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Wednesday, 24 November 1993
Page: 3546

Senator CHILDS —My question is directed to the Minister for Foreign Affairs. What is the Australian government's reaction to the military coup in Nigeria which has put prospects for the return to democracy on indefinite hold? Are Australians in Nigeria at any personal risk?

Senator GARETH EVANS —I am indebted to Senator Childs for this opportunity to express the Australian government's very serious concern over the military takeover which occurred in Nigeria some days ago on 18 November. The coup, led by General Abacha, is especially untimely, given moves towards democracy and multi-party government in many other African countries. By its actions in removing the interim government and its wholesale dismantling of government and democratic institutions, the Nigerian military really has dealt a very severe blow to any prospects for democracy in that country in the foreseeable future.

  Of particular concern is the fact that the military has dissolved the Senate, the House of Representatives and national and state assemblies, and has dismissed state governors and civilian administrators. General Abacha has also dissolved the National Electoral Commission, outlawed political parties and revoked democratic rights, including the holding of political gatherings and demonstrations. It will be remembered that the Nigerian people voted freely in presidential elections on 12 June this year; the then military regime later annulled those elections and installed an interim government of its own choosing, further delaying the introduction of democracy. Those interim government arrangements were declared unconstitutional by the Nigerian High Court on 10 November. Along with just about all other members of the international community, we very strongly urge the military leadership to set the process of democratisation back on track.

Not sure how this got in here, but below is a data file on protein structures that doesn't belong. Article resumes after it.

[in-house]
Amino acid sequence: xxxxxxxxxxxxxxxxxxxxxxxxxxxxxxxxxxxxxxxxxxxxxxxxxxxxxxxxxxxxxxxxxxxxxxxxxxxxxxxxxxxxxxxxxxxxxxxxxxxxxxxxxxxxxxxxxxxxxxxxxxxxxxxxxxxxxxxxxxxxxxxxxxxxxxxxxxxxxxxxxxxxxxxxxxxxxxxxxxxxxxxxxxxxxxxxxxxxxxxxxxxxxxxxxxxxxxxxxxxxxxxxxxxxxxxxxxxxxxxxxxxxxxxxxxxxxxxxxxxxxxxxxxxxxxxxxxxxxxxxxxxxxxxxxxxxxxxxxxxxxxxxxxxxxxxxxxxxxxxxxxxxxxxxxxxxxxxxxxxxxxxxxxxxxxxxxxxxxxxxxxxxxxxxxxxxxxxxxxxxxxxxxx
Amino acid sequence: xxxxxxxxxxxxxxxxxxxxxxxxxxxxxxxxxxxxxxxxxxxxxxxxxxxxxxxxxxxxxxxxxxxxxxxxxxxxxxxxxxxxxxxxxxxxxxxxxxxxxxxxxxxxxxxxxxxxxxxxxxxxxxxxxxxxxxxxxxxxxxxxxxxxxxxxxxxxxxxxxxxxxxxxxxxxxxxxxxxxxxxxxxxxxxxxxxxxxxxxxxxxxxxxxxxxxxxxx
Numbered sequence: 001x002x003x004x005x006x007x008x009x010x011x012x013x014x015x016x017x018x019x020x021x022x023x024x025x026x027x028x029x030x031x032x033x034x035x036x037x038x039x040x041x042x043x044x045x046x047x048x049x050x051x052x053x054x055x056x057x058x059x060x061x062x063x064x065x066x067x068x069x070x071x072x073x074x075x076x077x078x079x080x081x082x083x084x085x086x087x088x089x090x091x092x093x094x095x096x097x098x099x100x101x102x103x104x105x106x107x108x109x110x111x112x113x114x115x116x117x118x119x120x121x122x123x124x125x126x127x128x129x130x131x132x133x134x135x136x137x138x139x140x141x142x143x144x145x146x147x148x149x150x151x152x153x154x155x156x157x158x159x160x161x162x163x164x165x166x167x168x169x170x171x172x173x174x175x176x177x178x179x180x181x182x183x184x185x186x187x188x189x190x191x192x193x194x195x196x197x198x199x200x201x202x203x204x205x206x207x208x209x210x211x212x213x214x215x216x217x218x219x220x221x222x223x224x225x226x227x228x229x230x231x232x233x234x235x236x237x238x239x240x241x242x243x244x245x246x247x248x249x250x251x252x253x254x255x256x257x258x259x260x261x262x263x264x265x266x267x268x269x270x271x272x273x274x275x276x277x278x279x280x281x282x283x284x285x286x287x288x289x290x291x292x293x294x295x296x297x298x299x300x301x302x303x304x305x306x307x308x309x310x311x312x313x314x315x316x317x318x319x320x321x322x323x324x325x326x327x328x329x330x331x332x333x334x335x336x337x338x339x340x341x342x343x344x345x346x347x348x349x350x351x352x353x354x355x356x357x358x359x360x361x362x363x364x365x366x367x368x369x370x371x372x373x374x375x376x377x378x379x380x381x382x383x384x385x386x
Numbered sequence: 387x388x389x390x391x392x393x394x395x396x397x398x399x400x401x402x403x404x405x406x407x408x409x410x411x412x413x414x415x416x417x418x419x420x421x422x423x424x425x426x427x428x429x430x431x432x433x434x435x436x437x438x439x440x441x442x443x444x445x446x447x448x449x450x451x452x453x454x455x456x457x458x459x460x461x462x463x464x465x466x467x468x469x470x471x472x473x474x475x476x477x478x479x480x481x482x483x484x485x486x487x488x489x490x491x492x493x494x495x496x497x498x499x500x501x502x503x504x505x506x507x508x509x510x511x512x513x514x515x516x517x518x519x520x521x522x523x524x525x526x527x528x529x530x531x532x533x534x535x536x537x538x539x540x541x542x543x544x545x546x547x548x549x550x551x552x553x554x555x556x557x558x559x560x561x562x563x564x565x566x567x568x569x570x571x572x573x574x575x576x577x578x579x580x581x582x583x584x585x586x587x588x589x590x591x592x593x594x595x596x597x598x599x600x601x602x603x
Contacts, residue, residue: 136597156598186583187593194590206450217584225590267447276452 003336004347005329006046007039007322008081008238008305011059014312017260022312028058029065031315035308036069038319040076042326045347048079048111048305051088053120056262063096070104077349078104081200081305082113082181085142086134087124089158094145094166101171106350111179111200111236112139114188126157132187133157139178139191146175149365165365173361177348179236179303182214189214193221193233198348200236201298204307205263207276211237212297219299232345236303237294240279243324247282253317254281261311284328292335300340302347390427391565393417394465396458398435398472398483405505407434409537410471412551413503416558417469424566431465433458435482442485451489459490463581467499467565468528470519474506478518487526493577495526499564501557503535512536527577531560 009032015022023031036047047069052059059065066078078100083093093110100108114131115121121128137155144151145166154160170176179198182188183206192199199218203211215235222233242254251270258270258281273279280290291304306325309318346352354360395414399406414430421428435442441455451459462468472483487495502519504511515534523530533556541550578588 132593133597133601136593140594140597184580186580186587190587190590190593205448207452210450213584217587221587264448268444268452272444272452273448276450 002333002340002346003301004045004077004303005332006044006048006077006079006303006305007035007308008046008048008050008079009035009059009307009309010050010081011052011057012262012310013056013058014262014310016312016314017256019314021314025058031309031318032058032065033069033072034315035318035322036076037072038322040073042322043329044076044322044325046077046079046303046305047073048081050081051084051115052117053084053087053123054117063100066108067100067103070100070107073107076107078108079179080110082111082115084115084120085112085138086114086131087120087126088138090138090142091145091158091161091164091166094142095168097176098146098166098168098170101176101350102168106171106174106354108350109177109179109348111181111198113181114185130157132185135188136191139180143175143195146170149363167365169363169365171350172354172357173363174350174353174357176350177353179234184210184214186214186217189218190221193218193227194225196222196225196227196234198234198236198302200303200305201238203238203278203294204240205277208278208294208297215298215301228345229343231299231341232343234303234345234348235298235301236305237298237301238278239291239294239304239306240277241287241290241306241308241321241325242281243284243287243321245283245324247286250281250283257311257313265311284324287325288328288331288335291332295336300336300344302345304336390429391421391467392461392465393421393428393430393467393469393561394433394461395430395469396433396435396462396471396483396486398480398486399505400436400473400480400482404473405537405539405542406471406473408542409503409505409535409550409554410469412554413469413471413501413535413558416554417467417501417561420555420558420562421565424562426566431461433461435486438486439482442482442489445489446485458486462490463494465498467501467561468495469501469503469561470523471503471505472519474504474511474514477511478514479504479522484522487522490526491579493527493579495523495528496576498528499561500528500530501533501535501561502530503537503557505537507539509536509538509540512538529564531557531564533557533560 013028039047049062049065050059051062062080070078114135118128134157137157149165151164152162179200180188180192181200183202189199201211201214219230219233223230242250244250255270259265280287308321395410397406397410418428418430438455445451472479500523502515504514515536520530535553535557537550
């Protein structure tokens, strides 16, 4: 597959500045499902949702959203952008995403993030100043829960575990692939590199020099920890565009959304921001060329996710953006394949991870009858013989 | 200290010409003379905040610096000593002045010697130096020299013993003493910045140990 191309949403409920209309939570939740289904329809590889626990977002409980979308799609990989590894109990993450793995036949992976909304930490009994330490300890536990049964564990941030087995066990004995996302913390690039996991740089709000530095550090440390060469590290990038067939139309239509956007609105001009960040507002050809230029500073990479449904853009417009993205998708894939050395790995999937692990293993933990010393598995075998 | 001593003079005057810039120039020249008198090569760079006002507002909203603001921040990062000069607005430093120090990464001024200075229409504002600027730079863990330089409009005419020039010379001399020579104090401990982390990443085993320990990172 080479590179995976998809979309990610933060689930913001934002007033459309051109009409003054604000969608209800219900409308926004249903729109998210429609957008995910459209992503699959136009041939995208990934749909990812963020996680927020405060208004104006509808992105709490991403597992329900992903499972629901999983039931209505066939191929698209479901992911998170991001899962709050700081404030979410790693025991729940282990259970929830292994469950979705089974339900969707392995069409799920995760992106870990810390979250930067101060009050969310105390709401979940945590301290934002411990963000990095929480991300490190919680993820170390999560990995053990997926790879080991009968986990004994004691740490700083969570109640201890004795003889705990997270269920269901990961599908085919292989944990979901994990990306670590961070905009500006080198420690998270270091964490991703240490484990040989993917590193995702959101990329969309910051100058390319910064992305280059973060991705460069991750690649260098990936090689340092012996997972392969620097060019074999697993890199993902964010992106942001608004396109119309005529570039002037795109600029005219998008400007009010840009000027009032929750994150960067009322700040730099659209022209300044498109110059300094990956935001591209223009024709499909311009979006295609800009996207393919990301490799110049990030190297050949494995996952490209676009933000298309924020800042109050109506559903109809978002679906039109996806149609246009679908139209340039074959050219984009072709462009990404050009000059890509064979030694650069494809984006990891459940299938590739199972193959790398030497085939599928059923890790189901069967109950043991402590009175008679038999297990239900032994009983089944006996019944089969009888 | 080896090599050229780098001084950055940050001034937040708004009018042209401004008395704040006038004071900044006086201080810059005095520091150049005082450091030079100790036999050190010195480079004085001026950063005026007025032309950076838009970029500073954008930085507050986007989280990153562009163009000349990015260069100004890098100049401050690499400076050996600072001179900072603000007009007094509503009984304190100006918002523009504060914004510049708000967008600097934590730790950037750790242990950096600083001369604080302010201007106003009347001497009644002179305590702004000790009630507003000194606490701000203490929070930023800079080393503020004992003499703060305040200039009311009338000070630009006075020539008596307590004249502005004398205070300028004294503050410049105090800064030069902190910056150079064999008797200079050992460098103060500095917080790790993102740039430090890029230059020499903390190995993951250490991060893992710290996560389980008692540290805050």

As to the situation for Australians in Nigeria, I understand that the situation in Lagos—which is not an easy environment at the best of times—and other parts of the country is relatively calm at the moment. But my department is recommending that Australian travellers consider deferring non-essential travel to Nigeria. Australians who desire to travel there should keep themselves informed of developments and are advised to register with the Australian High Commission in Lagos. Mr President, I ask that further questions be placed on the Notice Paper.

The PRESIDENT —Order! During question time Senator Kernot raised a point of order with me. It is disorderly to use offensive words against groups of members of either house, as distinct from individually named members. It was a ruling originally given in 1916. It was a ruling that I gave again on 10 December 1991. The situation that she referred to was dealt with on page 11 of the procedure committee's third report of 1992 relating to unparliamentary language. It is clearly out of order.